Abstract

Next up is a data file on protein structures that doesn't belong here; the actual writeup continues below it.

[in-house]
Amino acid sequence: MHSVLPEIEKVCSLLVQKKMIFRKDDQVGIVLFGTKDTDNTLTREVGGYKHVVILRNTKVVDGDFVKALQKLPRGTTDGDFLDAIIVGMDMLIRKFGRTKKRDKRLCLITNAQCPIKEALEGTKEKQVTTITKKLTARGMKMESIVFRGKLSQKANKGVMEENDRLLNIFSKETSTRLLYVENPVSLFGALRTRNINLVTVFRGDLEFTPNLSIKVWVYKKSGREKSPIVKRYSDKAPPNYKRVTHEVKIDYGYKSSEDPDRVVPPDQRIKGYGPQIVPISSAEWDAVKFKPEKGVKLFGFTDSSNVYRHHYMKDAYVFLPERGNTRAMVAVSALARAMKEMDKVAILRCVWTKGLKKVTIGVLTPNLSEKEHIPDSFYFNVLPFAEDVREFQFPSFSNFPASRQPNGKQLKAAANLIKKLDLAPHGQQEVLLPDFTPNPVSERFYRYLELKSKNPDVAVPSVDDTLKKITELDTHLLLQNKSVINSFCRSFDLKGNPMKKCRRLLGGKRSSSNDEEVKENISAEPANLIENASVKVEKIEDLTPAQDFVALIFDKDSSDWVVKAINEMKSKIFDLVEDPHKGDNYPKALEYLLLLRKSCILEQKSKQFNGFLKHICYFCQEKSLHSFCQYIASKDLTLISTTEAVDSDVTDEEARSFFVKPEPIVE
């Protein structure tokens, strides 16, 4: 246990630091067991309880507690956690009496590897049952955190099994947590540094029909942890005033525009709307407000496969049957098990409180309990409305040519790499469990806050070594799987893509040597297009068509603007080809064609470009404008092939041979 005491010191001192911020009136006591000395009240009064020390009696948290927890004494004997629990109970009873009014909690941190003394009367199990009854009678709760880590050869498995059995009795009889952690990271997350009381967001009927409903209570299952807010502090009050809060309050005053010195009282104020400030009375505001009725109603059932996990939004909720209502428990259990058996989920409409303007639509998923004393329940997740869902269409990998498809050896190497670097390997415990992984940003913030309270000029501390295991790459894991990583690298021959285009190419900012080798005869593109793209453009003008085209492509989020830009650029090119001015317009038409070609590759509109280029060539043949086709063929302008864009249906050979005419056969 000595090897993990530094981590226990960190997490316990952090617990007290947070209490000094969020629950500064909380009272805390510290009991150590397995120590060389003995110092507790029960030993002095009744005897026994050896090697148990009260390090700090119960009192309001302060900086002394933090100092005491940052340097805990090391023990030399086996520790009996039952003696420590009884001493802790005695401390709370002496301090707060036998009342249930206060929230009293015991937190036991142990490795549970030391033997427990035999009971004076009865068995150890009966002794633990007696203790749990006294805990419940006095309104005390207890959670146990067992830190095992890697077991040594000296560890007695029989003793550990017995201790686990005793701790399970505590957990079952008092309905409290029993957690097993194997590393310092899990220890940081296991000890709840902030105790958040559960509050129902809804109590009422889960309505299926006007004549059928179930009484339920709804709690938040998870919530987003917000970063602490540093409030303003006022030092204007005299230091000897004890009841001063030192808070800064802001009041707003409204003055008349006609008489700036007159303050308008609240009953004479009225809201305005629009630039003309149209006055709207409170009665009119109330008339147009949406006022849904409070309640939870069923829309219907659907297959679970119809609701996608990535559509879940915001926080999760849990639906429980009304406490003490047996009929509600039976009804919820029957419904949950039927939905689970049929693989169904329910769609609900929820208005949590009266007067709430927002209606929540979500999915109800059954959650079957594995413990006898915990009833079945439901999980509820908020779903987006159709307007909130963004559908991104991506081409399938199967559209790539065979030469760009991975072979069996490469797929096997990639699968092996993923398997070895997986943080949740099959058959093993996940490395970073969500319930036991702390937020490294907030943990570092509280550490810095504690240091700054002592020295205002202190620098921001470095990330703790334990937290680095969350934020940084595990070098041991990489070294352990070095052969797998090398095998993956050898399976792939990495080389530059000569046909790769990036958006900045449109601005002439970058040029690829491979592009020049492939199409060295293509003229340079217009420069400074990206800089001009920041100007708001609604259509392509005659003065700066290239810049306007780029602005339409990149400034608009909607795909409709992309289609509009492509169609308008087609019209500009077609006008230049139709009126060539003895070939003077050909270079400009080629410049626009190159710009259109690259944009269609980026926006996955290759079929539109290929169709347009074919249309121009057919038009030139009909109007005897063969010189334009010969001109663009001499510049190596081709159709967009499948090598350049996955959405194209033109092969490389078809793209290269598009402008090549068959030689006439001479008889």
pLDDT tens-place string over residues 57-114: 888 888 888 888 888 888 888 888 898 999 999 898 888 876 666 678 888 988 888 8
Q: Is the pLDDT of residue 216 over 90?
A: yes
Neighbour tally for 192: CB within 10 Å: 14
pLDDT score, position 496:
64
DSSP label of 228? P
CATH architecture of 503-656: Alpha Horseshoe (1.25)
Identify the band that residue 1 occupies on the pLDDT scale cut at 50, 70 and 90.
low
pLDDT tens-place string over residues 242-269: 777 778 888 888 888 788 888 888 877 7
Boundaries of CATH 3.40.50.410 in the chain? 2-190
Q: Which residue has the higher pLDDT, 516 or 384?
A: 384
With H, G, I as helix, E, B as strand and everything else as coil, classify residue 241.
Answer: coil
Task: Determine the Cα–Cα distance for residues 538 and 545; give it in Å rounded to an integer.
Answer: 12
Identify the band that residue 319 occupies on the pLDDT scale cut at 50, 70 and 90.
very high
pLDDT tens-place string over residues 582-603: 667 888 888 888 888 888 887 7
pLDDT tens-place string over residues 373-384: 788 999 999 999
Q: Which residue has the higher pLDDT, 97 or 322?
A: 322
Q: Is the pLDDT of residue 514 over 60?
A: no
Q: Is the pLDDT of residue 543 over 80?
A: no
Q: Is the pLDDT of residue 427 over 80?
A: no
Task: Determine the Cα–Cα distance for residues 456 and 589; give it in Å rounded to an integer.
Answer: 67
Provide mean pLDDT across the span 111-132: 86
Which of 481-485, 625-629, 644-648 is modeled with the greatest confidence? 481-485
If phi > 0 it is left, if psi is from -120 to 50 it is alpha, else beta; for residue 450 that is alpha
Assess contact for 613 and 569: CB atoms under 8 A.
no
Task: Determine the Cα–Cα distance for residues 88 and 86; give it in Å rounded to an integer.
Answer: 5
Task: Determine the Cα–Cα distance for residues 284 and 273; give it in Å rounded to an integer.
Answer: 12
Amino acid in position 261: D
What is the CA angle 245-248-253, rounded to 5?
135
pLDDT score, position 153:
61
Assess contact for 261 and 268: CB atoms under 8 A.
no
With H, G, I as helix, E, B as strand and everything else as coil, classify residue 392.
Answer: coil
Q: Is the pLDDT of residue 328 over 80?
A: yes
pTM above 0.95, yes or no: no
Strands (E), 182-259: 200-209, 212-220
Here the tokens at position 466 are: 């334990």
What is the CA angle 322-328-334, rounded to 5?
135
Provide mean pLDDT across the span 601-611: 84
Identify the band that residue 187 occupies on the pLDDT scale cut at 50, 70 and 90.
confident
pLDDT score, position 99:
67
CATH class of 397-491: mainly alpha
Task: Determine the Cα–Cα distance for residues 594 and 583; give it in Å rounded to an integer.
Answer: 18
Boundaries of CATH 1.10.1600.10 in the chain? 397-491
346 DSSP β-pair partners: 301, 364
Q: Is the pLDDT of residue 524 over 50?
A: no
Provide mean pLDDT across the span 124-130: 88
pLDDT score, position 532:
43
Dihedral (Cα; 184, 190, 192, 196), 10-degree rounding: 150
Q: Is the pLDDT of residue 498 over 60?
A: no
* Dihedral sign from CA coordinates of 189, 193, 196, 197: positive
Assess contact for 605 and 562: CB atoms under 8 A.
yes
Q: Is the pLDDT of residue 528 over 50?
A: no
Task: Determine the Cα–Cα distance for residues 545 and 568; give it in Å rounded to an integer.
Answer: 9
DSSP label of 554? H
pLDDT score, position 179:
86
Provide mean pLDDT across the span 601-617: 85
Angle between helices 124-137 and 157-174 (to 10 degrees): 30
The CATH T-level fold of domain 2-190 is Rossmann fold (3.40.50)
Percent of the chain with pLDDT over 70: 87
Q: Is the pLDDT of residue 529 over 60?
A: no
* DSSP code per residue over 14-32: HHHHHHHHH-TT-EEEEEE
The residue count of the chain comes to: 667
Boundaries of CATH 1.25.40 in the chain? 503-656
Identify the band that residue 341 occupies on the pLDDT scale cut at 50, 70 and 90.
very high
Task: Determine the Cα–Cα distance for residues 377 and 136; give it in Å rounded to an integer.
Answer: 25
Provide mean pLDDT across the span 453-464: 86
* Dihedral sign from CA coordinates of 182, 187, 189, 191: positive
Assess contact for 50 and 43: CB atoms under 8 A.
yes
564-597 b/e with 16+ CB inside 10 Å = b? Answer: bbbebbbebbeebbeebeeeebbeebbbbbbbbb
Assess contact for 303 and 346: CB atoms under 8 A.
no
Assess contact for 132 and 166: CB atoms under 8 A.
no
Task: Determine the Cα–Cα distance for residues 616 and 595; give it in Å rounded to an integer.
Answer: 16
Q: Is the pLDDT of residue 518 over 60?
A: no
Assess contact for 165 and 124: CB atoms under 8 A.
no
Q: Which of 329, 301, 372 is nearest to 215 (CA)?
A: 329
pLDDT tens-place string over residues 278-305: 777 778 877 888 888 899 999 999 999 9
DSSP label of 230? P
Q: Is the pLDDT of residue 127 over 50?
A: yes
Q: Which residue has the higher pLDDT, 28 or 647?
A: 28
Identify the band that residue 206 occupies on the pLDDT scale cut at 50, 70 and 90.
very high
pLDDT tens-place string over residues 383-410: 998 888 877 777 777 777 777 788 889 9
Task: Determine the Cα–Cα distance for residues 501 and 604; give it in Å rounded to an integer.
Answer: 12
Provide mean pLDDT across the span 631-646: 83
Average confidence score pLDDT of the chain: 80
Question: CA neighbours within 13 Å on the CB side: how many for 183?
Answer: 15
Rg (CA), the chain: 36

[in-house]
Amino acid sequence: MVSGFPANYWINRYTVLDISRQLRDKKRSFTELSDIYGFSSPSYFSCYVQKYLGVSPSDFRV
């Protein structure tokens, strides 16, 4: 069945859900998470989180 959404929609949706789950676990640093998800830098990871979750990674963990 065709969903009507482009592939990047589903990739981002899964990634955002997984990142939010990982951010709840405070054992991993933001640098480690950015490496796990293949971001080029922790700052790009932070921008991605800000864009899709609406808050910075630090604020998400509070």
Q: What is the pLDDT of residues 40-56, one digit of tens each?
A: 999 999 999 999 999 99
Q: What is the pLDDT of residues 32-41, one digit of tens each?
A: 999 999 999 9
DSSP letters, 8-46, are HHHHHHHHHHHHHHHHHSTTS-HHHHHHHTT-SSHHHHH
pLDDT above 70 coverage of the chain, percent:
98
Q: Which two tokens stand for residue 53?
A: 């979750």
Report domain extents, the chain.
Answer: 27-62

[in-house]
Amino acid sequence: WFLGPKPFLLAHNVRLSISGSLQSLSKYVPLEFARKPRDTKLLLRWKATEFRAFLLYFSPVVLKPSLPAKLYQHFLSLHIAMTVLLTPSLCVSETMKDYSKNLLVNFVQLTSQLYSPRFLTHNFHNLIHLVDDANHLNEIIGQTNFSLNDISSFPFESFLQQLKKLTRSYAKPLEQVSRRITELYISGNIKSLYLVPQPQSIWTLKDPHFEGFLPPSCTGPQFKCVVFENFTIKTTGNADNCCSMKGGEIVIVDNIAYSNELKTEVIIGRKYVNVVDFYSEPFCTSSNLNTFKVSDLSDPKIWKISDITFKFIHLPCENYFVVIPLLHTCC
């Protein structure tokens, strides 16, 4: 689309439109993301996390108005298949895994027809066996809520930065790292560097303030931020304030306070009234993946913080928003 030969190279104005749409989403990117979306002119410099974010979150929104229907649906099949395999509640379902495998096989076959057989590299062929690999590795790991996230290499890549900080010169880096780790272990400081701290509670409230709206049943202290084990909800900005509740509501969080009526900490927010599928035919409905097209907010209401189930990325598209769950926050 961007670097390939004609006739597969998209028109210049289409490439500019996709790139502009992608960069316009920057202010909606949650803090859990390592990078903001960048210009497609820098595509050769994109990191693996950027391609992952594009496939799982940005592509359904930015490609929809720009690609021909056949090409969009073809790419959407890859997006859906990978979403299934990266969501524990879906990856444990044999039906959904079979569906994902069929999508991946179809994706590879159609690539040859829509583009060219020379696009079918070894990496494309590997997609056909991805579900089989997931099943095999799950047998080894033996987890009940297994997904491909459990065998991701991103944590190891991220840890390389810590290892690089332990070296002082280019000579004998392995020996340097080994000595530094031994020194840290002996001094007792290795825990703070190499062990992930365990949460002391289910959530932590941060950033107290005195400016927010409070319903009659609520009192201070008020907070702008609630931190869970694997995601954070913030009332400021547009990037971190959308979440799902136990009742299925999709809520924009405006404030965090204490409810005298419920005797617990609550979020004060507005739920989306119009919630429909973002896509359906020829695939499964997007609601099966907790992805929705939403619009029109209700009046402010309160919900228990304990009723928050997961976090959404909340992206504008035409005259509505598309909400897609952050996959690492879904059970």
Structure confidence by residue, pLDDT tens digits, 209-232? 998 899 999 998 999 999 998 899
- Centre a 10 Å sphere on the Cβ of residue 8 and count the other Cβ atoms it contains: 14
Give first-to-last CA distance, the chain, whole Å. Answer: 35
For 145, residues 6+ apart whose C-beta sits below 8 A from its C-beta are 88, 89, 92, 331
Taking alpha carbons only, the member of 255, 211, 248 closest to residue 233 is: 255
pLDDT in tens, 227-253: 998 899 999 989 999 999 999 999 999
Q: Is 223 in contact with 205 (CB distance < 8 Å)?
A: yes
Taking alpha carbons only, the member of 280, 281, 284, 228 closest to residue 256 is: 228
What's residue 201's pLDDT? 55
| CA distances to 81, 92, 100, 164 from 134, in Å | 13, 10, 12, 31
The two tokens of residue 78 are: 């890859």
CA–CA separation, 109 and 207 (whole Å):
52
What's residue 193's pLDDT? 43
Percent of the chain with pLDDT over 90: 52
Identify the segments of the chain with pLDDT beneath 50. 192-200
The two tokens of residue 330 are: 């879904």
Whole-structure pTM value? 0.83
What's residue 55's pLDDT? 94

The inelastic deformation properties of sintered metal nanoparticle joints are complicated by the inherent nanocrystalline and nanoporous structures as well as by dislocation networks formed in sintering or under cyclic loading. Creep rates of sintered nanocopper structures were found to be dominated by the diffusion of individual atoms or vacancies, while dislocation motion remained negligible up to stresses far above those of practical interest. Rapid sintering of one material led to unstable structures the creep of which could be strongly reduced by subsequent annealing or aging. Longer sintering of another material led to more stable structures, but creep rates could still be strongly enhanced by subsequent work hardening in mild cycling.

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